Weems Stories African American Experience at Art After Dark

Art After Dark

On Friday, the artist Carrie Mae Weems, renowned in the fields of text, fabric, audio, digital images, installation video, and photography, held an exhibition at the McMullen Museum of Art’s Student Opening.

The atmosphere was inviting—students came in droves to see the exhibit, while those working the event had countless activities to engage in along with the exhibits. The setting was bright and relaxed upon entering—people came and went as they wished—but the feeling did vary depending on where one was. Once in the exhibit, the feeling changed:The intensity of the exhibit forced an immediate change in mood, as people were forced to deal with and discuss a litany of serious issues.

While exhibit technically only covered two floors, many of the interactive activities were held on the first floor. Upon entering, you’re greeted with a treasure hunt as you’re handed a list with certain items to find before being led into the first floor of the exhibit. There was a nice array of canapes and deserts being served near the entrance, as well as several activities like button making and an interactive self-portrait project. Students were told to a picture of themselves—you had the choice to “grin” or “bear it”—and using the picture to express your thoughts about the current state of the country.

On the top floor, there was great set up of a list of world issues (gun reform, climate change, and racism were some of the many issues listed). You were tasked with deciding which of the many issues were important to you. Beside this, there was a screening of Dear White People set up outside. Along with these activities were performances by Sexual Chocolate, F.I.S.T.S (Females Incorporating Sisterhood Through Step), and B.E.A.T.S (Black Experience in America Through Song), who delivered a great rendition of “Blue Lights” by Jorja Smith. The crowd loved every act, cheering on the performers relentlessly and taking in the entirety of their performances.

The work of Carrie Mae Weems, while focusing mainly on the African American Experience, also covers aspects of the American experience as a whole. The work itself—mainly photographic but also consisting of two extremely provocative movies—was a cool mix of somber, empowering, and extremely thought-provoking material.

One exhibit on the second floor covered the 1960s, which Weems and many others believe to be one of the most tragic periods in American history. The death of many important American heroes and thinkers resulted in the death of hope and an unalterable change in the American psyche, according to Weems. She opted to represent this change with a set of photos taken with the help of college students, who were used as subjects to express the pain and uncertainty of the time.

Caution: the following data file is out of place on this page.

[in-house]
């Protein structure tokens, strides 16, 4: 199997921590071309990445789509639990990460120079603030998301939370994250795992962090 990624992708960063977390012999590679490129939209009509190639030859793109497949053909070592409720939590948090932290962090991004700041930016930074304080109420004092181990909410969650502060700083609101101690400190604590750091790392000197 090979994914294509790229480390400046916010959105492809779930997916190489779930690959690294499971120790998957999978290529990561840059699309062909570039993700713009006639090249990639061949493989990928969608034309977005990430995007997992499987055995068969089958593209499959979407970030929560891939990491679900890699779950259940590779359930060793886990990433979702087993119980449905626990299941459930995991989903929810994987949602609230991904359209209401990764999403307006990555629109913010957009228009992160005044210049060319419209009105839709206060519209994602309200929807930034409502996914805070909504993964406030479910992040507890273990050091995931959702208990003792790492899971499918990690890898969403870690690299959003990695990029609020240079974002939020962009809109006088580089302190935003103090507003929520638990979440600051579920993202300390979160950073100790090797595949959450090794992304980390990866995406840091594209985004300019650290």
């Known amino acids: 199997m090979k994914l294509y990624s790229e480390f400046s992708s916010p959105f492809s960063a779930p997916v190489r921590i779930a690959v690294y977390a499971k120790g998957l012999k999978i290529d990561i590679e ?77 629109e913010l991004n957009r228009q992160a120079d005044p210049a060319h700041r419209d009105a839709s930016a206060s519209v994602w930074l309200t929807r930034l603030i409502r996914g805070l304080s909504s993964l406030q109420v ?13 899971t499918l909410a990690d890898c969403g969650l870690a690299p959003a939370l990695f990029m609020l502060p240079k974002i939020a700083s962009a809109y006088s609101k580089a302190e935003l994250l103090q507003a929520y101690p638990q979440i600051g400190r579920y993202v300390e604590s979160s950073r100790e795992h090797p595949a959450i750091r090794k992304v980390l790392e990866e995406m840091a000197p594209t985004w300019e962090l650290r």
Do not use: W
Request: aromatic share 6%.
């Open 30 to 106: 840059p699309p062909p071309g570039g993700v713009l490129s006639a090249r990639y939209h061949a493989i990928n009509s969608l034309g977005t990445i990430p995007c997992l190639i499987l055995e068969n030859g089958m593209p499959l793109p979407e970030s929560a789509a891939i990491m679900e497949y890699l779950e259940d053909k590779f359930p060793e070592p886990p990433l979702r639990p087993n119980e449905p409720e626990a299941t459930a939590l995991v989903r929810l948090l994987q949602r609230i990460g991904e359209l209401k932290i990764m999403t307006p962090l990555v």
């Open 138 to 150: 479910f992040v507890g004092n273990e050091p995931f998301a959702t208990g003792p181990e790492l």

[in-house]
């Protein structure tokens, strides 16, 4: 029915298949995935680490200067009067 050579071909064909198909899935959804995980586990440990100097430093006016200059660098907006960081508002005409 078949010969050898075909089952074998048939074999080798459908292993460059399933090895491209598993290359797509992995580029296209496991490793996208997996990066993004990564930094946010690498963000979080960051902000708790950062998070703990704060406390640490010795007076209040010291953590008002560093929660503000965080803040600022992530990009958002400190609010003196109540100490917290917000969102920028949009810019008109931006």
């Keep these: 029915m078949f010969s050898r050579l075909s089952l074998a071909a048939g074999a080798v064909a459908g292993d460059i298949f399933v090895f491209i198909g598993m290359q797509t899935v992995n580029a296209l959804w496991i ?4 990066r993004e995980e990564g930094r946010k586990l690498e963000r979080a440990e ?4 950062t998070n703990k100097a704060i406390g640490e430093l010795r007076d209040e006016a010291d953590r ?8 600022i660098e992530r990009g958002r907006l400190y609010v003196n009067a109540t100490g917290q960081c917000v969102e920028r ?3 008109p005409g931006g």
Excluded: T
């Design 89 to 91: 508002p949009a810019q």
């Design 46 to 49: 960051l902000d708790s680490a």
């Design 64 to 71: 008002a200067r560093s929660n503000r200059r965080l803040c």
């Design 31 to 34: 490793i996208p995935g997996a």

There was also a thrilling set of photos in which Weems took a slanderous interpretation of African Americans as animals in New Orleans, and flipped the interpretation on its head, using photos of individuals in tuxedos and animal masks—one with a monkey mask on—to show the class of African Americans. While the treasure hunt was ongoing, people were rarely talking above a whisper, taking in the entirety of the exhibit.

The third floor continued with the theme, taking it even further. There was a range of photos: One set focused on the interpretation of African Americans in popular culture by showing African-American individuals with stereotypical items associated with them—there was a black man holding a watermelon and a black woman holding a chicken. Weems also took aim at the negative representation of African American women in American culture, flipping it on its head by taking charge of the narrative to empower women who may have felt as if they were victims of the narrative associated with them. One of the saddest set of photos was focusing on the deaths of a litany of young African American men through police brutality, which ranged from that of 12-year-old Tamir Rice to 43-year-old Eric Garner.

Overall, the student opening of the McMullen Museum was both a beautiful and thought provoking one, capturing a range of emotions through important photography and video that left viewers thinking of a litany of important issues that covered a variety of people and their experiences. It was definitely worth checking out, and hopefully won’t be the last of that kind.

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